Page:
The small boy, who couldn’t have been more than 5 or 6 years old, bravely stepped up and took my hand as I descended the steps of the bus. He then led me off to discover his world.
We left Lima that morning, en route to the highlands of Peru. There are two options for making that trip, a 20-25 hour slog up the mountains via highway, or the quick, pricier way, a 90-minute flight via commercial jet to Cuzco. As we had limited time our group took the flight.
But we weren’t bound for Cuzco that day, our ultimate goal was Urubamba and the Sacred Valley. On the way, we had a couple stops in the town of Chinchero.
The first was at Cuper primary school. It’s an interesting choice for a touring company to make, and at first I had my doubts. What possible connection could there be between an older, childless, American guy and his ilk, all well off enough to go gallivanting around the world, and a bunch of young, poor Peruvian kids? I can barely even relate to American kids as I’m so rarely around any. Turns out, it was a good choice on a number of levels.
When my young guide took me by the hand and led me towards the school gate, I had no idea what to expect. I’m not sure he did either, but he seemed to have a young, trusting innocence that all would be well.
I used much of my Spanish vocabulary to break the ice. “Como se llama? ” – what is your name?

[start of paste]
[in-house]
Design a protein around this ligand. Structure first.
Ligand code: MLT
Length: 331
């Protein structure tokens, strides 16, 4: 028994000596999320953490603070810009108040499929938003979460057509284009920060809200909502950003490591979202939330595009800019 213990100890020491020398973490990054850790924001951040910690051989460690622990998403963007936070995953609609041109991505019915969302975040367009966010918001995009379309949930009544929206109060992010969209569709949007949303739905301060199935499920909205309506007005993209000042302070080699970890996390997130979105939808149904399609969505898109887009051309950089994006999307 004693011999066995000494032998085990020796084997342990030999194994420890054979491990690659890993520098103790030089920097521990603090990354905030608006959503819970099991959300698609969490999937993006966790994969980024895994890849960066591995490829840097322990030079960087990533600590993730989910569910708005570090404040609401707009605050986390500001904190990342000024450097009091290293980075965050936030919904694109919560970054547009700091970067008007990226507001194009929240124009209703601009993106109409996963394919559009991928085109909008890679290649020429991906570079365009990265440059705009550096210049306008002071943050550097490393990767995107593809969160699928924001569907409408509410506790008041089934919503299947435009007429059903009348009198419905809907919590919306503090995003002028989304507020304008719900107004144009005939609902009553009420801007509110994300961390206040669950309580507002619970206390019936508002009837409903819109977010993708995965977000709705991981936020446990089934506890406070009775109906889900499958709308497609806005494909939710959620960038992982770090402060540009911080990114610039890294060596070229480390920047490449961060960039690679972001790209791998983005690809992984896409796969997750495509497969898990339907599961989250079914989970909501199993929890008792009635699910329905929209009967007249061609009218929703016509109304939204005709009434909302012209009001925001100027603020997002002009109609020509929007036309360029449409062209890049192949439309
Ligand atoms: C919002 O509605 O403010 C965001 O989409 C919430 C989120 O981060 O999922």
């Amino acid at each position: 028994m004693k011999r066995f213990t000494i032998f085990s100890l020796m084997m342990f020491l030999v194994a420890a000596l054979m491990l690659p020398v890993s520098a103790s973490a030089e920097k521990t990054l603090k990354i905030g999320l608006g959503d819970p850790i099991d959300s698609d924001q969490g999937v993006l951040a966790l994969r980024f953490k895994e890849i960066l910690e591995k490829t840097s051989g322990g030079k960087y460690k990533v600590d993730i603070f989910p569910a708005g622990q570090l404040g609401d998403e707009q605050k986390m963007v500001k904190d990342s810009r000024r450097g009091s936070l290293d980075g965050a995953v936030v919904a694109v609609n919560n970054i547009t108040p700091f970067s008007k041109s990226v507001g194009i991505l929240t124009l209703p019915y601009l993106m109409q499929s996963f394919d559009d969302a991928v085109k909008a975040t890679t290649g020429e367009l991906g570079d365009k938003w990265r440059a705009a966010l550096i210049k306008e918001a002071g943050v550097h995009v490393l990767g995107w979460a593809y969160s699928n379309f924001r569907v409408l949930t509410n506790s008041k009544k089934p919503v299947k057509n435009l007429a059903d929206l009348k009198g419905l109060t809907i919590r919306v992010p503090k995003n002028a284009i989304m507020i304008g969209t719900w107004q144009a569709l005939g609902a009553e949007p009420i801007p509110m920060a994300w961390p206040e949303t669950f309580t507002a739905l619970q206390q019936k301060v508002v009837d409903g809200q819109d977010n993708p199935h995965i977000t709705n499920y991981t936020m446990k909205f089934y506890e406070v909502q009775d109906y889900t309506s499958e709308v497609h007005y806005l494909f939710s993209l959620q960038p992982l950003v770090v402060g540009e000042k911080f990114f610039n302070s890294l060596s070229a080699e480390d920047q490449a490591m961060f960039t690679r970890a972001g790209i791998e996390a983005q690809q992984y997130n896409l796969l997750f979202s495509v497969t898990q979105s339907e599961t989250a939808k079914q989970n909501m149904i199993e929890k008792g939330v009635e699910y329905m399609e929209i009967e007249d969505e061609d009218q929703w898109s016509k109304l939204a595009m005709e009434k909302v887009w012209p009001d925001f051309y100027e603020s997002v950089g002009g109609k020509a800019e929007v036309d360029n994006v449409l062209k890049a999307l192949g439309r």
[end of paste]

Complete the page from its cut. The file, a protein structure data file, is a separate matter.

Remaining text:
“Wilson”, he replied. That surprised me. I was expecting something more Spanish, or Andean. What I got gave me a flashback to a humanized volleyball, Tom Hank’s imaginary friend in the movie Castaway. I said “me llamo David“, and we moved on.
Our guide gathered up all the kids and travelers in the schoolyard and gave us his spiel. He talked about how hard it was for kids to get ahead, to get an education, to escape the grind and cycle of poverty so common in the Andes. He mentioned that was a reason the tour company sponsored various schools and helped them build up their infrastructure. The kids and teachers then sang us a couple songs in Quechua, the primary language for the locals. As the kids got older, they’d learn more Spanish. The formalities broke up, and the children showed the adults their world.
I hooked up with a new set of boys, older this time, who took me to their classroom.
They seemed a joyful lot, full of grins, laughter, and vigor. I didn’t know if their enthusiasm was to show off what they were learning, or if they were just happy to have a bunch of foreigners break up their studies with play. Whatever the case, their friendliness and friendship were obvious.
After leaving the schoolhouse they took me by the hand and led me towards an outbuilding. I was apprehensive when they opened the doors to a low-ceilinged dark room and pulled me in. A blast of ammonia assaulted my nose, and as my eyes adjusted to the light I could see the source.
Cute little buggers, eh? I thought perhaps it was a class project, bring up some animals and learn about the process.
Turns out guinea pigs are considered a delicacy in Peru. That cute little class project was fated to end up on a dinner plate.
The fun and games continued. The kids broke out frisbees and soccer balls and impromptu sessions broke out, testing our mobility and reminding us that Chinchero is at 12,400 feet (3,800 meters), and the air is about as rich as the people. Ancient frisbee skills from my own childhood days came in handy.
My lesson was complete. A weakness of many guided tours is they turn you into mere tourists – you never really meet the people. This one, at least for a moment, turned that on its head and we had a small taste of day to day. And it turned out that even a crusty old goat like me can be touched by a bunch of sweet, innocent little kids.